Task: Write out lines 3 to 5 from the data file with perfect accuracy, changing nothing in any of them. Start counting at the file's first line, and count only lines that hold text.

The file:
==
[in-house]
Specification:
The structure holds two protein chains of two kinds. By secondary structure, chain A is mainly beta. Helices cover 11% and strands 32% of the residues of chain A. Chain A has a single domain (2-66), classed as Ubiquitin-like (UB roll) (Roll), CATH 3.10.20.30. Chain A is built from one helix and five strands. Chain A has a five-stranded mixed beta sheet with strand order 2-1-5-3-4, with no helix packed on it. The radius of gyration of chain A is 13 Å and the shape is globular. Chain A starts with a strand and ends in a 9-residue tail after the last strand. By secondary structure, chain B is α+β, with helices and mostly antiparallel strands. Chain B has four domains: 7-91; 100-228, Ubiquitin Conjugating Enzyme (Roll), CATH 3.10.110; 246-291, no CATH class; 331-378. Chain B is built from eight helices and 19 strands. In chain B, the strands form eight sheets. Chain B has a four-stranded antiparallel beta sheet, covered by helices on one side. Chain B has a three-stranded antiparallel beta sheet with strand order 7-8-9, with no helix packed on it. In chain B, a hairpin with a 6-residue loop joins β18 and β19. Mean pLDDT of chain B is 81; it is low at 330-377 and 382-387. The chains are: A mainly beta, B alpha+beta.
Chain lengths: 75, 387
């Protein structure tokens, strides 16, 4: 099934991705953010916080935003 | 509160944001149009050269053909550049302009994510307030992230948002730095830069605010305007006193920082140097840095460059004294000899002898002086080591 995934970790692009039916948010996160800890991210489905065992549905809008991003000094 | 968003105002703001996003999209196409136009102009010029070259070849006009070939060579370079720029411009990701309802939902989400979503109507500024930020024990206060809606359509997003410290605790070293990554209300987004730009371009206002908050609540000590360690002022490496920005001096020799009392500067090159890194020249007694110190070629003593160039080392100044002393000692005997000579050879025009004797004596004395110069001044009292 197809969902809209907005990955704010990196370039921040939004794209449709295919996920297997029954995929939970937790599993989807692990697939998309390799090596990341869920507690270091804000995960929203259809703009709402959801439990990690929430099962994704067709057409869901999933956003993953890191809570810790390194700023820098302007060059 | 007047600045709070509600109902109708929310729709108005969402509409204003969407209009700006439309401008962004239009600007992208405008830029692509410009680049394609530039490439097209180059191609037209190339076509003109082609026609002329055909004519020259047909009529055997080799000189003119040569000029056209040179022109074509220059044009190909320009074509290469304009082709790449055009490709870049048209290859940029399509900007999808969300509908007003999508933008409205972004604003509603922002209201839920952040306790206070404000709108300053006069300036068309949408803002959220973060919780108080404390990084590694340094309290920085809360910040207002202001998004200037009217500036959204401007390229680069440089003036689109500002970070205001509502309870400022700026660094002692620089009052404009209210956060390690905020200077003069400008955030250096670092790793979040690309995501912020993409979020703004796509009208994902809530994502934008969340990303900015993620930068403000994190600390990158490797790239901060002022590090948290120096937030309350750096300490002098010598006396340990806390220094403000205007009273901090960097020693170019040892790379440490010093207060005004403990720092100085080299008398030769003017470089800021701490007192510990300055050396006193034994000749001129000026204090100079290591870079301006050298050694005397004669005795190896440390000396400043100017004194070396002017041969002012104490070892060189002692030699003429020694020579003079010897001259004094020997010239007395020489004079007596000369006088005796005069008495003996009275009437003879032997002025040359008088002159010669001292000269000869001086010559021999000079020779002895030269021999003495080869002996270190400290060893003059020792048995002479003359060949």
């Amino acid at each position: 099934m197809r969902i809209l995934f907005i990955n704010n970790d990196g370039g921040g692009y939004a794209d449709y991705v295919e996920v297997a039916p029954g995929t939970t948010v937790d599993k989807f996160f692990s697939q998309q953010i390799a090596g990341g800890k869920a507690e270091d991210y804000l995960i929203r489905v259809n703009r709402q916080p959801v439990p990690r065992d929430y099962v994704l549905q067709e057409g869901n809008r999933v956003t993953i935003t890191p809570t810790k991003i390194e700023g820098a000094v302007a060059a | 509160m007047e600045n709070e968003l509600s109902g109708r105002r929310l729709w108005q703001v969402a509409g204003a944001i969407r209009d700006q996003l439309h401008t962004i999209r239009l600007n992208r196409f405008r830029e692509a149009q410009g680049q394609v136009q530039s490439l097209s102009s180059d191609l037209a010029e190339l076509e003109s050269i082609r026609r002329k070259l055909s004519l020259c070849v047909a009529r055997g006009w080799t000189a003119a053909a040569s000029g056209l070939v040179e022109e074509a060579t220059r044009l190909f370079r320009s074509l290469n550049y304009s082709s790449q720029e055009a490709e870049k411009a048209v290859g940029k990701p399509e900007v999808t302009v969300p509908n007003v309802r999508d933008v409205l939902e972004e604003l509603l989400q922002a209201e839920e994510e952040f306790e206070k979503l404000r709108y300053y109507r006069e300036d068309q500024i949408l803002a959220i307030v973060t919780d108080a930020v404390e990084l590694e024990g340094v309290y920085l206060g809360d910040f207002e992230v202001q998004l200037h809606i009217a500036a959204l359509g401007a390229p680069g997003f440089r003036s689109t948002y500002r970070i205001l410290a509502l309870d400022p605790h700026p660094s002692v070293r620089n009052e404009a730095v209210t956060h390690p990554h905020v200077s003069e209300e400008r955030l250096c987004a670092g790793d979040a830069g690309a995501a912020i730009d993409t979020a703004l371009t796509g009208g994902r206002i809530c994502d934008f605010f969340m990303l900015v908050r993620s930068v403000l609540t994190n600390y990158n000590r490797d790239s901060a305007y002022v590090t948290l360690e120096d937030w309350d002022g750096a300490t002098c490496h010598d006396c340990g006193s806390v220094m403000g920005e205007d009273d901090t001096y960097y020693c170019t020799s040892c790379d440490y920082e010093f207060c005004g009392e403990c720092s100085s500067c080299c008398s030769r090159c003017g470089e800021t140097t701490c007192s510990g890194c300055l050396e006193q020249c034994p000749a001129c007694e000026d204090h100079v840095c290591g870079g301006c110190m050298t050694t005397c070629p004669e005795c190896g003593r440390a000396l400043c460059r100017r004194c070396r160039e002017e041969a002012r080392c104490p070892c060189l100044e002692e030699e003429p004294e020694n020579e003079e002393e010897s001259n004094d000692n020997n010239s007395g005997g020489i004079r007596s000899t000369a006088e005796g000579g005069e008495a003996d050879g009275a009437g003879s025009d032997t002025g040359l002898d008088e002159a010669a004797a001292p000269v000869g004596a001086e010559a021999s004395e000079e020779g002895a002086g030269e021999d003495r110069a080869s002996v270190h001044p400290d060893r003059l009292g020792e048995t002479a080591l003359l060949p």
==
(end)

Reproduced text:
The structure holds two protein chains of two kinds. By secondary structure, chain A is mainly beta. Helices cover 11% and strands 32% of the residues of chain A. Chain A has a single domain (2-66), classed as Ubiquitin-like (UB roll) (Roll), CATH 3.10.20.30. Chain A is built from one helix and five strands. Chain A has a five-stranded mixed beta sheet with strand order 2-1-5-3-4, with no helix packed on it. The radius of gyration of chain A is 13 Å and the shape is globular. Chain A starts with a strand and ends in a 9-residue tail after the last strand. By secondary structure, chain B is α+β, with helices and mostly antiparallel strands. Chain B has four domains: 7-91; 100-228, Ubiquitin Conjugating Enzyme (Roll), CATH 3.10.110; 246-291, no CATH class; 331-378. Chain B is built from eight helices and 19 strands. In chain B, the strands form eight sheets. Chain B has a four-stranded antiparallel beta sheet, covered by helices on one side. Chain B has a three-stranded antiparallel beta sheet with strand order 7-8-9, with no helix packed on it. In chain B, a hairpin with a 6-residue loop joins β18 and β19. Mean pLDDT of chain B is 81; it is low at 330-377 and 382-387. The chains are: A mainly beta, B alpha+beta.
Chain lengths: 75, 387
């Protein structure tokens, strides 16, 4: 099934991705953010916080935003 | 509160944001149009050269053909550049302009994510307030992230948002730095830069605010305007006193920082140097840095460059004294000899002898002086080591 995934970790692009039916948010996160800890991210489905065992549905809008991003000094 | 968003105002703001996003999209196409136009102009010029070259070849006009070939060579370079720029411009990701309802939902989400979503109507500024930020024990206060809606359509997003410290605790070293990554209300987004730009371009206002908050609540000590360690002022490496920005001096020799009392500067090159890194020249007694110190070629003593160039080392100044002393000692005997000579050879025009004797004596004395110069001044009292 197809969902809209907005990955704010990196370039921040939004794209449709295919996920297997029954995929939970937790599993989807692990697939998309390799090596990341869920507690270091804000995960929203259809703009709402959801439990990690929430099962994704067709057409869901999933956003993953890191809570810790390194700023820098302007060059 | 007047600045709070509600109902109708929310729709108005969402509409204003969407209009700006439309401008962004239009600007992208405008830029692509410009680049394609530039490439097209180059191609037209190339076509003109082609026609002329055909004519020259047909009529055997080799000189003119040569000029056209040179022109074509220059044009190909320009074509290469304009082709790449055009490709870049048209290859940029399509900007999808969300509908007003999508933008409205972004604003509603922002209201839920952040306790206070404000709108300053006069300036068309949408803002959220973060919780108080404390990084590694340094309290920085809360910040207002202001998004200037009217500036959204401007390229680069440089003036689109500002970070205001509502309870400022700026660094002692620089009052404009209210956060390690905020200077003069400008955030250096670092790793979040690309995501912020993409979020703004796509009208994902809530994502934008969340990303900015993620930068403000994190600390990158490797790239901060002022590090948290120096937030309350750096300490002098010598006396340990806390220094403000205007009273901090960097020693170019040892790379440490010093207060005004403990720092100085080299008398030769003017470089800021701490007192510990300055050396006193034994000749001129000026204090100079290591870079301006050298050694005397004669005795190896440390000396400043100017004194070396002017041969002012104490070892060189002692030699003429020694020579003079010897001259004094020997010239007395020489004079007596000369006088005796005069008495003996009275009437003879032997002025040359008088002159010669001292000269000869001086010559021999000079020779002895030269021999003495080869002996270190400290060893003059020792048995002479003359060949």